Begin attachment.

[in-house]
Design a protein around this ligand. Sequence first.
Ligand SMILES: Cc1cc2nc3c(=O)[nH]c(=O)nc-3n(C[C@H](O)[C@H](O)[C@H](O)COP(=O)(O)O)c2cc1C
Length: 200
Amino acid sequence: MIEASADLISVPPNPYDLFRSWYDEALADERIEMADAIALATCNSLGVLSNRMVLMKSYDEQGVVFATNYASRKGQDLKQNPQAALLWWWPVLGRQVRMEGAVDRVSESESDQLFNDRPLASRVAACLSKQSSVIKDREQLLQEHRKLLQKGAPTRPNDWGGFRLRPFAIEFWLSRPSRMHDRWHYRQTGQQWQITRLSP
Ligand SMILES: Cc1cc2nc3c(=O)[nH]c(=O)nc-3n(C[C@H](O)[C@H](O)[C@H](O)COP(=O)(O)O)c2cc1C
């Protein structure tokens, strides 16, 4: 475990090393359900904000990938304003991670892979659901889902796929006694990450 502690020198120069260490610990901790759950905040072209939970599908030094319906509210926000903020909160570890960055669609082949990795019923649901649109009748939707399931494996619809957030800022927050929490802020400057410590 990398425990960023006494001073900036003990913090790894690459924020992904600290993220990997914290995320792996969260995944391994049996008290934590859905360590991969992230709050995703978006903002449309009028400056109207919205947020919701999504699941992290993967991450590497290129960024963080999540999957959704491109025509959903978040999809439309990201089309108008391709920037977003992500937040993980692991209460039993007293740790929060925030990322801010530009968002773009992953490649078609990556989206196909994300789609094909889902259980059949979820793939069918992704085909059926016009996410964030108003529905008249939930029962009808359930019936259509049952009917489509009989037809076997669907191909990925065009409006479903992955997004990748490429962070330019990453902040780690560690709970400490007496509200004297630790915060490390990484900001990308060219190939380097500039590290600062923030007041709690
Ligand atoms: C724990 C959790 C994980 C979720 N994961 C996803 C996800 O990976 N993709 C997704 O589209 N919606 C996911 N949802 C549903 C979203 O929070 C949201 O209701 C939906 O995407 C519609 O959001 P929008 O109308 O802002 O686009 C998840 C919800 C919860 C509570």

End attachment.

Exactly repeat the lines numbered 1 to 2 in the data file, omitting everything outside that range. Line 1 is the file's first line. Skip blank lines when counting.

[in-house]
Design a protein around this ligand. Sequence first.